Company Plans 3D Printed Rocket
Relativity Space will print 95% of its rocket using a giant 3D printer.
December 18, 2018
3D printing of aerospace parts is still a nascent application — in terms of space travel, there have been a few printed rocket components tested, and there are now 3D printers operating in the International Space Station.
Inglewood, CA-based Relativity Space hopes to leapfrog those current efforts, and has designed a rocket that will be built from 95% 3D-printed parts and carry a payload of up to 2,755 lbs. into low-Earth orbit.
Relativity Space will print the rocket with an internally designed 24-ft.-tall unit called the Stargate, which is currently housed near the Los Angeles International Airport, and plans are underway to build an even bigger printer. The company has also developed a proprietary high-strength aluminum alloy with which to print its components.
The company received seed funding from Mark Cuban, and has received as much as $1 billion in nonbinding launch term sheets and letters of intent, in addition to $45 million in venture funding. The company has also signed a lease agreement with NASA’s Stennis Space Center in Mississippi to test the rocket.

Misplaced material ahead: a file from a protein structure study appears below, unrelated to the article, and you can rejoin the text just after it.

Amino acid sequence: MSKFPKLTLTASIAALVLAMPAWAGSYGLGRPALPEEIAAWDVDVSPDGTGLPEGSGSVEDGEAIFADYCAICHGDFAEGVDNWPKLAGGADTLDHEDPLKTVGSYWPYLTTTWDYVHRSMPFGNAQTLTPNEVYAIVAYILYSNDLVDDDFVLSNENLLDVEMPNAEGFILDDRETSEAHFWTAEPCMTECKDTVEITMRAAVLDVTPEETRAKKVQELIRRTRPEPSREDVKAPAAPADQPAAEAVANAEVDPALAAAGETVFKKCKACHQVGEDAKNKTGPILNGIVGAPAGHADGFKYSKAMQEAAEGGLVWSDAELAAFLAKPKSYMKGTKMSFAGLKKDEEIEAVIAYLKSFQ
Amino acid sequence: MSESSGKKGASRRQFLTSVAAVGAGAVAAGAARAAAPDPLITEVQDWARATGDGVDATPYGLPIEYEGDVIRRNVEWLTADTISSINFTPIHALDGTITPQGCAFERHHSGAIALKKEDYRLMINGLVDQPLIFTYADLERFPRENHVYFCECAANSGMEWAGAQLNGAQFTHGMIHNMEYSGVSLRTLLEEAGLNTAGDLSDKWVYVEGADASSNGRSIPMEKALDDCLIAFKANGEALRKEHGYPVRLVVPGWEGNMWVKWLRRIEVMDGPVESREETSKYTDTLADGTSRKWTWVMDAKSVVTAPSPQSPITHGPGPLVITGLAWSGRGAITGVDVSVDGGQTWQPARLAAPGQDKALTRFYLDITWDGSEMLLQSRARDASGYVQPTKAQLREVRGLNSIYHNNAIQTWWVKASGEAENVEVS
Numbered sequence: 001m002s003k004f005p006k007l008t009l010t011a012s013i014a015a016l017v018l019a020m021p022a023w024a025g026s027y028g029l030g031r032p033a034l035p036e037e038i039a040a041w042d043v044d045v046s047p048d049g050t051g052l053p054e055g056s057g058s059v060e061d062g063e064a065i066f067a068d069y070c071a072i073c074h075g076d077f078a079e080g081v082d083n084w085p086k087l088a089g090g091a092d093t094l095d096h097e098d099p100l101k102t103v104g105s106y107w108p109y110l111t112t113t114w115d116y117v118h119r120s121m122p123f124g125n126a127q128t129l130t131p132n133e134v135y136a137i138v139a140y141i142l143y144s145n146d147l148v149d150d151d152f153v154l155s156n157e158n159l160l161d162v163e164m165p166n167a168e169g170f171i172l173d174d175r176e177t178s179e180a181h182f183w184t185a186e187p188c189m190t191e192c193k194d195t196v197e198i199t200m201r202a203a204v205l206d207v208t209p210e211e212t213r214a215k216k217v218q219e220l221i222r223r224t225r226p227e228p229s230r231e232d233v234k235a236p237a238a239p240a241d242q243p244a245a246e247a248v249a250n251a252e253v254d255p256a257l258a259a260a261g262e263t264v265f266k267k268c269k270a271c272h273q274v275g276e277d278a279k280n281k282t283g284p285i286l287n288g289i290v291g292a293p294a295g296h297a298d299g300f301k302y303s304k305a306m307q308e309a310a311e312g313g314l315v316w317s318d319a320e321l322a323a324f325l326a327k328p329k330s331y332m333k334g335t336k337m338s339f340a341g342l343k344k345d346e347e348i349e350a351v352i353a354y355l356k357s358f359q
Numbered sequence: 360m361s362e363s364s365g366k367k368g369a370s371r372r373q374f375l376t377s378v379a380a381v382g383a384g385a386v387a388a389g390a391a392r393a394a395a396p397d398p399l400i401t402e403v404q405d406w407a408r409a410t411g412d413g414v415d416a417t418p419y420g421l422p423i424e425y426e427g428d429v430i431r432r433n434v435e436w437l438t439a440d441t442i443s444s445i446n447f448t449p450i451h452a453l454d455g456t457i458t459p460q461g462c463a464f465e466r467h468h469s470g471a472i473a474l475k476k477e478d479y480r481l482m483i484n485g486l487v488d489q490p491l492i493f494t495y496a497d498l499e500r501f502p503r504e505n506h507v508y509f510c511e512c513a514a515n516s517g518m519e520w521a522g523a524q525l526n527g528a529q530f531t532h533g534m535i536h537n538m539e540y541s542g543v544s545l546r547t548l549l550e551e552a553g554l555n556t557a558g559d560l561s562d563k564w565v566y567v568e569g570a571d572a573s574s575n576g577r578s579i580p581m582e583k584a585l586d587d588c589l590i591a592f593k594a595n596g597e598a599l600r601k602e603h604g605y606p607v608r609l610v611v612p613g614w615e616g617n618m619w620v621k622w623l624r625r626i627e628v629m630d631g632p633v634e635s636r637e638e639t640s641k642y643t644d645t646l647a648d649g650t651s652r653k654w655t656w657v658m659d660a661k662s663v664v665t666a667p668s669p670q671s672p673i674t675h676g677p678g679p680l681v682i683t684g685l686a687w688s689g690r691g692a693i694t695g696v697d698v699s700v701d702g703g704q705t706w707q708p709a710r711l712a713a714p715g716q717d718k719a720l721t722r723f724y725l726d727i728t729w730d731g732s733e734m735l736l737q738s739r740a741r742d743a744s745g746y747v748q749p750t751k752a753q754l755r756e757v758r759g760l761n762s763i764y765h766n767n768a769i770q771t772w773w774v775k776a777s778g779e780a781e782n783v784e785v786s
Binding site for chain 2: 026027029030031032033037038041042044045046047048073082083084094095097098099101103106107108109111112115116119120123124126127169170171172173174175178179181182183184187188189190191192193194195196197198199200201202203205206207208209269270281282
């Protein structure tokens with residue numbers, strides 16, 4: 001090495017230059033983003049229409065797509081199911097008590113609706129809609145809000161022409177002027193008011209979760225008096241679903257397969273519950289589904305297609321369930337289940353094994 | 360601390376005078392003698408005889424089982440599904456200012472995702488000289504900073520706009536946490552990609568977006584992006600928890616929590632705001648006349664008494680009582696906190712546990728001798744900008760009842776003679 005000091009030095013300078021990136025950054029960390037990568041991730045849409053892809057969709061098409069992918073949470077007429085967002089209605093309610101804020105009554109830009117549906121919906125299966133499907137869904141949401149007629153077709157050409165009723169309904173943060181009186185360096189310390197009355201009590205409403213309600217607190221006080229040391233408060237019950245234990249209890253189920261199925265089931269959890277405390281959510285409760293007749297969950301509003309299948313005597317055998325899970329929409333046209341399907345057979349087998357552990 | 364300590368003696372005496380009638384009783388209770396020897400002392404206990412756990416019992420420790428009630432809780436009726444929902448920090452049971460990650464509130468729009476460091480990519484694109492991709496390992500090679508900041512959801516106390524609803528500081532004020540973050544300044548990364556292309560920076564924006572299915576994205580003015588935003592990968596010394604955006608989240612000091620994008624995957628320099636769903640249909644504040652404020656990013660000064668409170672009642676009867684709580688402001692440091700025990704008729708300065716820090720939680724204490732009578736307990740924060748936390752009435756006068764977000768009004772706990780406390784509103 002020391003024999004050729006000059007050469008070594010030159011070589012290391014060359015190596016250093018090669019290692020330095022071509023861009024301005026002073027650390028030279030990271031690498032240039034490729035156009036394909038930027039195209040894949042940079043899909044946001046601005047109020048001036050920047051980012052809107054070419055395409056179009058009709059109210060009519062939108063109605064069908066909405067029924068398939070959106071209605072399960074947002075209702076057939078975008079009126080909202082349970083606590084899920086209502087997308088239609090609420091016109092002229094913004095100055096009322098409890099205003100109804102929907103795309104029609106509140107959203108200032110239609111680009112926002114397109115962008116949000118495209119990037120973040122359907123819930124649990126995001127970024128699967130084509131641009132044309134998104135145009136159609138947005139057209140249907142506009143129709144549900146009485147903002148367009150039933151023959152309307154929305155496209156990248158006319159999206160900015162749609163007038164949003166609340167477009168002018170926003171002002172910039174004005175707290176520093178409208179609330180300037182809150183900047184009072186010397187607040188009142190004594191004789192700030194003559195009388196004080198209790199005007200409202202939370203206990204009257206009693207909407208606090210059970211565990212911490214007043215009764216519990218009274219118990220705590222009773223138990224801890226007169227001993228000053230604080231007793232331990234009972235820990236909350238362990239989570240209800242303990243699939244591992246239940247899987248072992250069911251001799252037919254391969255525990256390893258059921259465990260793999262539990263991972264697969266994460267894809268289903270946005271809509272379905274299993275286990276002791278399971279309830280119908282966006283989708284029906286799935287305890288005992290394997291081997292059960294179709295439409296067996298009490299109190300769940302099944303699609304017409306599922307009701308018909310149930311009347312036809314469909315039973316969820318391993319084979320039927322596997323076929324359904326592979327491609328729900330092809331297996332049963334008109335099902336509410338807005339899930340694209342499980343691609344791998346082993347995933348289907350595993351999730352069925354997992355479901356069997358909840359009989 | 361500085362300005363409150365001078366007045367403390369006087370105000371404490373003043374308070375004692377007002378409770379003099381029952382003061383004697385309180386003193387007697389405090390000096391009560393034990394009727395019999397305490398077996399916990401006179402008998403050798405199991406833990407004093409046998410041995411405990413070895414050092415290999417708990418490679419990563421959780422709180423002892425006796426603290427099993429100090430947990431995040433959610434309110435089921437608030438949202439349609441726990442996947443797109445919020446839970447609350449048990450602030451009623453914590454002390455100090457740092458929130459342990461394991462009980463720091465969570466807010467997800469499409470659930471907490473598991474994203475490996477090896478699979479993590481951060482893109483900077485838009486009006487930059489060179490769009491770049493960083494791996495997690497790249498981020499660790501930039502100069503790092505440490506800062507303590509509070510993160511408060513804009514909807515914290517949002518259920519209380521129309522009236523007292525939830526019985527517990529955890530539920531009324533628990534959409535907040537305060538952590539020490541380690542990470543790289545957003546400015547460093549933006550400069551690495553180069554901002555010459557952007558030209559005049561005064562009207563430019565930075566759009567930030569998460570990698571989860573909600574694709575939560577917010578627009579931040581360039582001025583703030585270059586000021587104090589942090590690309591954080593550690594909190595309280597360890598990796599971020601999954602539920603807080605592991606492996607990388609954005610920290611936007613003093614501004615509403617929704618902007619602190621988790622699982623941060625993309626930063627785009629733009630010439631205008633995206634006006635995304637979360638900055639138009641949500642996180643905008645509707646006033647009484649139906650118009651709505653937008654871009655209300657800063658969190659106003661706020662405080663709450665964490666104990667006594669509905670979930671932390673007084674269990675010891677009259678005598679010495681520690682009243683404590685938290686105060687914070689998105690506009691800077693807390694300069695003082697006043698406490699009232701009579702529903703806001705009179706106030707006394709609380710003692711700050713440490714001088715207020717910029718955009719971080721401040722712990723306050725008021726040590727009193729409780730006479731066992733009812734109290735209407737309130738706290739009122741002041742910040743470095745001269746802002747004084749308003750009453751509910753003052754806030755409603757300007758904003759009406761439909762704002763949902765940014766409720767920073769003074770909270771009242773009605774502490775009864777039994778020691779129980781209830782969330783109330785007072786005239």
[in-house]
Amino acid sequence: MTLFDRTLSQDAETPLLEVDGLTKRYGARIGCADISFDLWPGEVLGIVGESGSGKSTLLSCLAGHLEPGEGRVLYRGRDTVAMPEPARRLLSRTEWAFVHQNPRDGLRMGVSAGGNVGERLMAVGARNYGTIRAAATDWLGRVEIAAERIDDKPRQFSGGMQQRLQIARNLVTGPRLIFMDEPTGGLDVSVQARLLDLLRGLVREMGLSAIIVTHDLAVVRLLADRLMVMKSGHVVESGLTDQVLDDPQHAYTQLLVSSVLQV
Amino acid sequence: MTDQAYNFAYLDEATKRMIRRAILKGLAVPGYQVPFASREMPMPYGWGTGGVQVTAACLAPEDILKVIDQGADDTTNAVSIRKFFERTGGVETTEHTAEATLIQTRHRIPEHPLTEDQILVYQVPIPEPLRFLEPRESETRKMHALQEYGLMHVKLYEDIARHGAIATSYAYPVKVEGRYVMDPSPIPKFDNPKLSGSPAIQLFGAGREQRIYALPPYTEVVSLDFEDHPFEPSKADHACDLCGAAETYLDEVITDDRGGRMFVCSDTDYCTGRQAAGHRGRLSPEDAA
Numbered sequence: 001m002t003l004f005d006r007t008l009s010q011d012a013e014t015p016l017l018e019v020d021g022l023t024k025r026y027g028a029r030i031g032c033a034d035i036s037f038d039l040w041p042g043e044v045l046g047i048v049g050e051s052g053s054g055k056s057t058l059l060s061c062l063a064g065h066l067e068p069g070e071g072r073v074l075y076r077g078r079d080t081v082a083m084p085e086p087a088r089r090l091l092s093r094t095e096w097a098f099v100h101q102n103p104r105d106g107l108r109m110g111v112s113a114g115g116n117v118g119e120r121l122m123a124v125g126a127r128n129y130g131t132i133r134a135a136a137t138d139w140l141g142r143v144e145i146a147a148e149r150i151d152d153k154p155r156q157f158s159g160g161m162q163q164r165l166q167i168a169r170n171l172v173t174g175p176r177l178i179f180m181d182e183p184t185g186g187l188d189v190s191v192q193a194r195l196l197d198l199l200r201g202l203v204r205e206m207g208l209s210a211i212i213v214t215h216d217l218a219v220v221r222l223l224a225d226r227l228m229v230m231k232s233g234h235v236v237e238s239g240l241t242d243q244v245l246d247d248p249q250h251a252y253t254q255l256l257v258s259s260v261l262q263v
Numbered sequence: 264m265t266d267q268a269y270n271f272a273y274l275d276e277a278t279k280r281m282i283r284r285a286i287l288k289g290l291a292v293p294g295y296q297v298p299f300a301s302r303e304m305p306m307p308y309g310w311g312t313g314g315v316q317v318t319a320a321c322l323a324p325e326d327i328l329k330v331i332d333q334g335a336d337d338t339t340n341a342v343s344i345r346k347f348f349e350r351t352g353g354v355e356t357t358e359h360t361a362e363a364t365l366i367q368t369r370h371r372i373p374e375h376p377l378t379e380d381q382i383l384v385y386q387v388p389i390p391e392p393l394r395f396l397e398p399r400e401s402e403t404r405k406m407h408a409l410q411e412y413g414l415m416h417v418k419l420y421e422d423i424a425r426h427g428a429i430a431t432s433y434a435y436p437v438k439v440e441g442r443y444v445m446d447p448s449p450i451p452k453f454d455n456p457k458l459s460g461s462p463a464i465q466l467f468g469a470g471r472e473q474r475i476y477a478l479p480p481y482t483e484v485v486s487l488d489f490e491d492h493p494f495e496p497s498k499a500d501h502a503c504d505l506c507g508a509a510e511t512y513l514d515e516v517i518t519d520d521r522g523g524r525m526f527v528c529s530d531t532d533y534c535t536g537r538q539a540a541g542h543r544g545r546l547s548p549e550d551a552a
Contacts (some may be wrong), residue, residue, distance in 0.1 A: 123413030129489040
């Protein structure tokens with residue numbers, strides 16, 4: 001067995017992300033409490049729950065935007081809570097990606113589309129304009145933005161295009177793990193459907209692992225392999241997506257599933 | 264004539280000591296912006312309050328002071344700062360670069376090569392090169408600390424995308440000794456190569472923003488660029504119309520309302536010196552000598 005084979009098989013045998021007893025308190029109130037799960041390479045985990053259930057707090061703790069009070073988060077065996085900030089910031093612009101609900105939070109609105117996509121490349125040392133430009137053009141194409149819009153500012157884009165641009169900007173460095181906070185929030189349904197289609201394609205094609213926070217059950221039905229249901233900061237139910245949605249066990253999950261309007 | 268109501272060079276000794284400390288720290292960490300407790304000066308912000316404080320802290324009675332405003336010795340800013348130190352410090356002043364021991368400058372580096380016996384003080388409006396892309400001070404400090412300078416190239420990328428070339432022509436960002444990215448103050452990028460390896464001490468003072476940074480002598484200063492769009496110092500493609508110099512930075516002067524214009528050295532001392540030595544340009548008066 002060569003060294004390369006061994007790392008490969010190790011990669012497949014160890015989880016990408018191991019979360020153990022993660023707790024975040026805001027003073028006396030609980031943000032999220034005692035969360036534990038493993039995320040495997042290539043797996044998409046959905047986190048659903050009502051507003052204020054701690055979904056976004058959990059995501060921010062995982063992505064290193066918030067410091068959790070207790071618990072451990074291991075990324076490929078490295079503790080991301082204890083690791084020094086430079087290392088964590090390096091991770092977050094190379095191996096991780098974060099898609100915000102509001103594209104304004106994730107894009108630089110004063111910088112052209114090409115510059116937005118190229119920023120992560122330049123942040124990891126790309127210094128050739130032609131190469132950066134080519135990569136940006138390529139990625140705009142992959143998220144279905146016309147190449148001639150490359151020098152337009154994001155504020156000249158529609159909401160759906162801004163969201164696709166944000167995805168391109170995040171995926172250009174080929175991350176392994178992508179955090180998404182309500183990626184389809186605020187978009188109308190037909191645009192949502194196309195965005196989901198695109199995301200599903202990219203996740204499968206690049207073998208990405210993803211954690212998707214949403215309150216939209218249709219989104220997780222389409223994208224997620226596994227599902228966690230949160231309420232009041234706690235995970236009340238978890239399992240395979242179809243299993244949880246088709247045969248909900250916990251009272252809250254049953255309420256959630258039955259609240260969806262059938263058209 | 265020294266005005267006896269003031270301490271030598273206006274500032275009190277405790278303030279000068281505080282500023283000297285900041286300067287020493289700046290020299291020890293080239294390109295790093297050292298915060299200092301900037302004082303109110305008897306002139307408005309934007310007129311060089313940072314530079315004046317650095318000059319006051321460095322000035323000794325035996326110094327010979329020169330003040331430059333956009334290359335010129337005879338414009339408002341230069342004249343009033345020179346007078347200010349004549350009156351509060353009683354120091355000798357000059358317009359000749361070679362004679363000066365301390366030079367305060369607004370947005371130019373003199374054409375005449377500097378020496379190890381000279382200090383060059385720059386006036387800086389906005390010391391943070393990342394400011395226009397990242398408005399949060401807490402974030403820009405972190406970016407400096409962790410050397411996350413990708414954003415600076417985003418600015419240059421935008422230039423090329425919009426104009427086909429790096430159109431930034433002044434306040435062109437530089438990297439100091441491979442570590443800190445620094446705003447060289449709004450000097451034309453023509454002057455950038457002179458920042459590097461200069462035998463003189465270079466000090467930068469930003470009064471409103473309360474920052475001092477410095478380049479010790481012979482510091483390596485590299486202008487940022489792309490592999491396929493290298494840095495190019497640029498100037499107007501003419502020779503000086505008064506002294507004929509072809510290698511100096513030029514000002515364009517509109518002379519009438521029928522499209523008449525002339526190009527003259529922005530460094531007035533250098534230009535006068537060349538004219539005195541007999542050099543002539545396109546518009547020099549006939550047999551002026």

Relativity Space says it can complete a rocket and finish pre-flight testing in just 60 days. If all goes well, the Terran 1 rocket could be test flown as early as 2020. They hope to be able to launch satellites for clients for as little as $10 million
The company was founded by CEO Tim Ellis and CTO Jordan Noone. Noone previously worked at SpaceX on the Dragon 2 capsule, which includes the 3D-printed SuperDraco engine. Ellis worked at Blue Origin.
Relativity Space is one of a dozen or more rocket start-ups that hope to lower the cost of space flight. A few others are also leveraging 3D printing (although not the extent that Relativity Space plans to do so). Rocket Lab recently launched 13 of NASA’s CubeSat satellites aboard its Electron rocket, which includes printed components.
Source: LA Times